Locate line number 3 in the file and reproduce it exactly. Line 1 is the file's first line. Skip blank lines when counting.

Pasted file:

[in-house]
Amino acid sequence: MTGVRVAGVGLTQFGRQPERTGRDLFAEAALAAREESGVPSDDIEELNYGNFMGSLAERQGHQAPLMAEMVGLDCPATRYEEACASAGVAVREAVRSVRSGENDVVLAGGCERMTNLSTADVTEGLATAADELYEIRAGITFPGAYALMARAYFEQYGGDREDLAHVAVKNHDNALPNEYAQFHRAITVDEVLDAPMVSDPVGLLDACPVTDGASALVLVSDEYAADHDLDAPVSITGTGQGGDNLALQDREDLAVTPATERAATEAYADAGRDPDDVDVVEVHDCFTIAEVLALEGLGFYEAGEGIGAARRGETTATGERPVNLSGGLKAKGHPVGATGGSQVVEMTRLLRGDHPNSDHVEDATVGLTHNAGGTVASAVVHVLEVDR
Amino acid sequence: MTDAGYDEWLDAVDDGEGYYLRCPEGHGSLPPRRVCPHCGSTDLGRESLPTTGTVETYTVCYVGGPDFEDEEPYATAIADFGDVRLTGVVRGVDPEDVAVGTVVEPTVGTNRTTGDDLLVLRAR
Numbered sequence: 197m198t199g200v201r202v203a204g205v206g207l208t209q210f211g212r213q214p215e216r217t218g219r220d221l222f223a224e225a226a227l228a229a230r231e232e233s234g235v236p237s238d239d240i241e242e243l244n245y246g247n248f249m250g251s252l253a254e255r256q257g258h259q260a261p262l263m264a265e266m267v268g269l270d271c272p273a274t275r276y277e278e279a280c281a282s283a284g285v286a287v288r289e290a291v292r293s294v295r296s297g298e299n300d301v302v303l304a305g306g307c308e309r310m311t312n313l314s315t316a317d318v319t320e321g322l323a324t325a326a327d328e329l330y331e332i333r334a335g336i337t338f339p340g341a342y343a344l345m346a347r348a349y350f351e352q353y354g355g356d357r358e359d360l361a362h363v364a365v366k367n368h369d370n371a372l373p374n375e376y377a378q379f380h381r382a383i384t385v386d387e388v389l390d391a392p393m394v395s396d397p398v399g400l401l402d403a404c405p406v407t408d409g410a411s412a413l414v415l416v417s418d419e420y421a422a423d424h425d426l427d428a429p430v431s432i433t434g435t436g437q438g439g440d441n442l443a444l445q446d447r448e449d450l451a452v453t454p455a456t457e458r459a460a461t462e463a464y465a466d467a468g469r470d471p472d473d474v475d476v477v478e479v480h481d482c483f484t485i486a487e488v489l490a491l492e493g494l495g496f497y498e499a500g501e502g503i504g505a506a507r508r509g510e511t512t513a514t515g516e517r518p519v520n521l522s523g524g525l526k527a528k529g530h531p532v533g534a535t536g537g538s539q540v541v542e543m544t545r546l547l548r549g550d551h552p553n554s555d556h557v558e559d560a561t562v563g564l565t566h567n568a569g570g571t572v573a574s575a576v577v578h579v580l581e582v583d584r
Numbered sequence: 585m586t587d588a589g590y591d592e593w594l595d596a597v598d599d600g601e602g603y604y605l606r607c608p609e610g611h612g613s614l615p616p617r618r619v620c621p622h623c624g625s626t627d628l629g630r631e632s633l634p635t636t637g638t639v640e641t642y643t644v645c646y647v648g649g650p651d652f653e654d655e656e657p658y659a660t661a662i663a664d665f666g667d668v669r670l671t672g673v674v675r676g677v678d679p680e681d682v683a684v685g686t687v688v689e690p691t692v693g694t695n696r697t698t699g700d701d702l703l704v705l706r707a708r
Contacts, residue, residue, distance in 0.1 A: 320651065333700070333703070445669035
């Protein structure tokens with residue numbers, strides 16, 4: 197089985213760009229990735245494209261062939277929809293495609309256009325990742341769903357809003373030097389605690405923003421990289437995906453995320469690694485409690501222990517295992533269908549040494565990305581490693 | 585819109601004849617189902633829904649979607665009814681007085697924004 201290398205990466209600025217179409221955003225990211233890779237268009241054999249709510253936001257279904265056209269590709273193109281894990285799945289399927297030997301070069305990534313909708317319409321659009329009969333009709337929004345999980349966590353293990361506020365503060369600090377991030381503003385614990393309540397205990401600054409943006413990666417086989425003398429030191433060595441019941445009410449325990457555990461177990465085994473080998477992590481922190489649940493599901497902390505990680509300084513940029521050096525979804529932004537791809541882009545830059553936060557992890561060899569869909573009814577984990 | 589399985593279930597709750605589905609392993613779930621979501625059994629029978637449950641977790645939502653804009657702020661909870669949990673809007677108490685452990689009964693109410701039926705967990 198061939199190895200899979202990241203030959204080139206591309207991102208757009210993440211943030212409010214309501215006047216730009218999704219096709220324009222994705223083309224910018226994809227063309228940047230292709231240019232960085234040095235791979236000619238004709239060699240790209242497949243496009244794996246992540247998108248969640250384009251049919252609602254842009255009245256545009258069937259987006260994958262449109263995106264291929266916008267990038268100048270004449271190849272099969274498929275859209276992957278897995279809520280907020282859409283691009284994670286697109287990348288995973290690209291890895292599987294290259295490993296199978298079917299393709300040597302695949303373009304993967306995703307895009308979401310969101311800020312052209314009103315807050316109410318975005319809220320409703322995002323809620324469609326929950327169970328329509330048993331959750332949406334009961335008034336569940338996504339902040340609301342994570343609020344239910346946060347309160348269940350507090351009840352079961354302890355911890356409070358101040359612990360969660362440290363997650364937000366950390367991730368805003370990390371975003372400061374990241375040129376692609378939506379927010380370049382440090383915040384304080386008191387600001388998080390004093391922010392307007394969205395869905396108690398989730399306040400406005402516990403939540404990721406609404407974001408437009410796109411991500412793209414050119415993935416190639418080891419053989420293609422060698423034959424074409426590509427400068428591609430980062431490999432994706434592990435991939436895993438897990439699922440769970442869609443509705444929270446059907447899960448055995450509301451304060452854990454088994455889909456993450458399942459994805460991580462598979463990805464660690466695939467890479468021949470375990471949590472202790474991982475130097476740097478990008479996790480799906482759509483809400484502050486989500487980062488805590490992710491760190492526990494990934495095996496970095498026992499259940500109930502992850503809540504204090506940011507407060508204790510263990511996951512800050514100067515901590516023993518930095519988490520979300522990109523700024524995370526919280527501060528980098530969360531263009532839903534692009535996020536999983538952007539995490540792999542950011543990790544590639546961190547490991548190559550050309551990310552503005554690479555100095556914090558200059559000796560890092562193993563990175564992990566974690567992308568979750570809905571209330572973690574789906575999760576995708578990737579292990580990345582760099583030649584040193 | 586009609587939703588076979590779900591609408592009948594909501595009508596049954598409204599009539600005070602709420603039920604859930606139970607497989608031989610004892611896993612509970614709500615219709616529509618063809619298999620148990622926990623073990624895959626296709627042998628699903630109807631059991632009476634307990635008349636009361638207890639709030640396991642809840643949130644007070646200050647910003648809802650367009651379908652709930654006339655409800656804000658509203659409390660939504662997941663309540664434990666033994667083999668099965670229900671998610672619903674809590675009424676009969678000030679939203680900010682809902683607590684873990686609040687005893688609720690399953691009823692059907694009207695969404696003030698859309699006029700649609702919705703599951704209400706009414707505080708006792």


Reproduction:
Amino acid sequence: MTDAGYDEWLDAVDDGEGYYLRCPEGHGSLPPRRVCPHCGSTDLGRESLPTTGTVETYTVCYVGGPDFEDEEPYATAIADFGDVRLTGVVRGVDPEDVAVGTVVEPTVGTNRTTGDDLLVLRAR